‘He’s not a Japanese artist, you know,’ said the girl at the Berloni Gallery when I gave her my Sequins and Cherry Blossom card. I know. But Carl Randall, winner of the 2012 BP Travel Award, is a former Daiwa Scholar who studied at the Tokyo University of the Arts and paints remarkable hyperrealistic yet subtly distorted portraits of Japanese people. So I wanted to see his latest work.
Yannick and I popped in to take a look this week, rather late in the exhibition’s run but better late than never. We found some of his large oil and acrylic representations of closely-packed faces on the ground floor. They’re Randall’s response to the combination of overpopulation and remoteness, community and anonymity that is typical of the lives of inhabitants of Tokyo and other great cities.
All of the faces represented are portraits of volunteers, but the flat perspective and distortion of the lengthened faces distances the viewer from the real people they depict. It makes one wonder what the sitters thought of the finished portraits, and what a difference it might make to their faces if they smiled.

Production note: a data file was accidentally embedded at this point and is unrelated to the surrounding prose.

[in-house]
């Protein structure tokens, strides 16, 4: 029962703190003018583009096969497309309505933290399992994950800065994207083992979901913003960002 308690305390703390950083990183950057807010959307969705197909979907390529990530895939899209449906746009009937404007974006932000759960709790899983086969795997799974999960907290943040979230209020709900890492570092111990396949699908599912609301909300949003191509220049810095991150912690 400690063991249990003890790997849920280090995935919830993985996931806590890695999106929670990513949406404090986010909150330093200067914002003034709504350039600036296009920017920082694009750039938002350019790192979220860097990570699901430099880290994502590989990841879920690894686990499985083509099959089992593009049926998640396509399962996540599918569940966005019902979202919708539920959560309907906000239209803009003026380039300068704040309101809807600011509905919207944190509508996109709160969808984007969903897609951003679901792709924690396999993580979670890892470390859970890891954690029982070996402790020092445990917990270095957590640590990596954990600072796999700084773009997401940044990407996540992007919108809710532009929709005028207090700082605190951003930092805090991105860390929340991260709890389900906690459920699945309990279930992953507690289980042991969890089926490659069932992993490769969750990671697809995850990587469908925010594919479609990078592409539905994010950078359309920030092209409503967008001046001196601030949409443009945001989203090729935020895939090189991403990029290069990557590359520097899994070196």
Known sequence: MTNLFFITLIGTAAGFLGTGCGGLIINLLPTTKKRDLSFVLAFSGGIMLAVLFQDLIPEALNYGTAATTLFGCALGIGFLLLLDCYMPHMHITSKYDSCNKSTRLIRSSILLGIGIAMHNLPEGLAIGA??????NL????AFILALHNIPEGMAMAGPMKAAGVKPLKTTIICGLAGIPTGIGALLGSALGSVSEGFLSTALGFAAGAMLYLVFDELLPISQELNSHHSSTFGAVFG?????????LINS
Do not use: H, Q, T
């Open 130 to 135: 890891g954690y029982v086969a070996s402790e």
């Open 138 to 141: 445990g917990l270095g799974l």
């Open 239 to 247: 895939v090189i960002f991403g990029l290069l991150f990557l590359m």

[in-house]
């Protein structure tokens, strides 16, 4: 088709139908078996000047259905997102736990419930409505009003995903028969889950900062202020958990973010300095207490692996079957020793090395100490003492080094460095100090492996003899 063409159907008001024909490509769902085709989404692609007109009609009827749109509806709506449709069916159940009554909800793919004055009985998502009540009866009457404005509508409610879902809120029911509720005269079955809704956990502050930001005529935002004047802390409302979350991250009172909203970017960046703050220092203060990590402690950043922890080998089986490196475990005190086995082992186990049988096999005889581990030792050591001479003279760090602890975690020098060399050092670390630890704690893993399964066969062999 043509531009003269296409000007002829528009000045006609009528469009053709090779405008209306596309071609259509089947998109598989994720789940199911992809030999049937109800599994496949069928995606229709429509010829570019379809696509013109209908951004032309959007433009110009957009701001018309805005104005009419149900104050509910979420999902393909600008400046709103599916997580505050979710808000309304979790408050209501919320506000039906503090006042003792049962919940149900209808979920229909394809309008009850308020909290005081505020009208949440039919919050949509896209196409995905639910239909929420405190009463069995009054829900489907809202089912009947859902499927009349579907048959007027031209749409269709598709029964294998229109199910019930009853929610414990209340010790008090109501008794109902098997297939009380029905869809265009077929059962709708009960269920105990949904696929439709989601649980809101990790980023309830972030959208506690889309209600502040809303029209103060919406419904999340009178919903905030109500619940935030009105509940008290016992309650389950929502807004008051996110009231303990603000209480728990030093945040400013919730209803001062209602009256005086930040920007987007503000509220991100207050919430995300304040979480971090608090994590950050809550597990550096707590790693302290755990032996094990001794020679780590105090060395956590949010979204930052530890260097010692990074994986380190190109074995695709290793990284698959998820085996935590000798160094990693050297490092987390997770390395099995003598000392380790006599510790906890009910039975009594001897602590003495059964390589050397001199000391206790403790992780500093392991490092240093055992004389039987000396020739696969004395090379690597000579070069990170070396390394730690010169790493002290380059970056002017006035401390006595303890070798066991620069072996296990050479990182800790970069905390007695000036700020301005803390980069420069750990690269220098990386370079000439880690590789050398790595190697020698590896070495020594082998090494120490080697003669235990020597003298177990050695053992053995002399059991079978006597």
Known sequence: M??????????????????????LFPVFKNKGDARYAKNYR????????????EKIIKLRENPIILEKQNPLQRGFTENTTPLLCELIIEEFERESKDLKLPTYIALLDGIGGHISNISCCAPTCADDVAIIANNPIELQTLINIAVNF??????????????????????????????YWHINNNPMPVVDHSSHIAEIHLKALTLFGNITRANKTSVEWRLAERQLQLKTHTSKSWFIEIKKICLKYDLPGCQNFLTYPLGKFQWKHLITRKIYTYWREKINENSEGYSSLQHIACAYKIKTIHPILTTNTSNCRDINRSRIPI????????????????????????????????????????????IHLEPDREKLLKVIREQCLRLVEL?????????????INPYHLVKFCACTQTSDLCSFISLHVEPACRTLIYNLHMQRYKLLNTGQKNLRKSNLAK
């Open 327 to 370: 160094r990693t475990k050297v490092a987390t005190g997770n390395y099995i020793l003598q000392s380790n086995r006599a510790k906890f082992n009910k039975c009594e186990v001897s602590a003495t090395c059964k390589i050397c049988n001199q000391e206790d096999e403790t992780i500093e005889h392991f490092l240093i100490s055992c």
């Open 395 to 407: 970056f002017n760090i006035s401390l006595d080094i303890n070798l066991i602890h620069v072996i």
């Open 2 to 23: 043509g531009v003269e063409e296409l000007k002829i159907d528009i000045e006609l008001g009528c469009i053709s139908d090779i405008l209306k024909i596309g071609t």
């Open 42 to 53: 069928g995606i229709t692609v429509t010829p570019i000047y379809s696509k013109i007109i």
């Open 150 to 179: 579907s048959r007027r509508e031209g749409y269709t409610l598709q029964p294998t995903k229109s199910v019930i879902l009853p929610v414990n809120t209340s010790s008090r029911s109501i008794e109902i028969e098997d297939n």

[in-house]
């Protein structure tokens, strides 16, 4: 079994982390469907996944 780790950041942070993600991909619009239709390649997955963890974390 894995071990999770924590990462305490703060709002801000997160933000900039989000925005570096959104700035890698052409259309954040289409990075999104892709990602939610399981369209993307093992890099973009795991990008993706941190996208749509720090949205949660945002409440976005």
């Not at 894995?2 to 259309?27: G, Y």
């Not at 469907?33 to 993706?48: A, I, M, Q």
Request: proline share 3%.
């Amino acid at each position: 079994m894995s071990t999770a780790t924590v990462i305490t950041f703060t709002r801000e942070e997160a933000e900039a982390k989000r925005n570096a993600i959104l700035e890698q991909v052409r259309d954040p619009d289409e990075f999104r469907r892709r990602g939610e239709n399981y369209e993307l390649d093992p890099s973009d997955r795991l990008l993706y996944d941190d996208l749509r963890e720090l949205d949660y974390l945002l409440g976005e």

The sense of alienation continues in works where neon advertising placards shine a cold light on alleyways and high streets dedicated to consumer culture. This is not an attractive, tourist company view of Tokyo – quite the reverse.
Downstairs we found a slightly different approach. The massed ranks of faces had been painted in a softer way, and individual portraits had a sense of humanity and individuality lacking in the more clinical works on the ground floor.
Amongst them was one work that particularly attracted me. Titled Hanami, Hanabi (flower viewing and fireworks) it was a matched pair of pictures, painted in strong colours that came as a relief after the insistent monochrome of most of the other pictures in the show. It shows a typical collection of hanami parties, where office workers have picnics under the blossoming cherry trees and get very drunk.
One lady has dressed in a brightly-coloured kimono for the occasion and her party sit on the kind of blue oilcloth sheet that is almost de rigeur for hanami picnics.
Yannick preferred a sheet of simple line-drawn pictures, of which I can only show a detail here.
(Apologies for the slight reflections in some of these photos. The works are framed under glass, the art blogger’s worst enemy).
The exhibition at the Berloni Gallery on Margaret Street continues until 15th November. It’s open Tuesday to Friday 11am to 6pm, Saturday 12am to 4pm.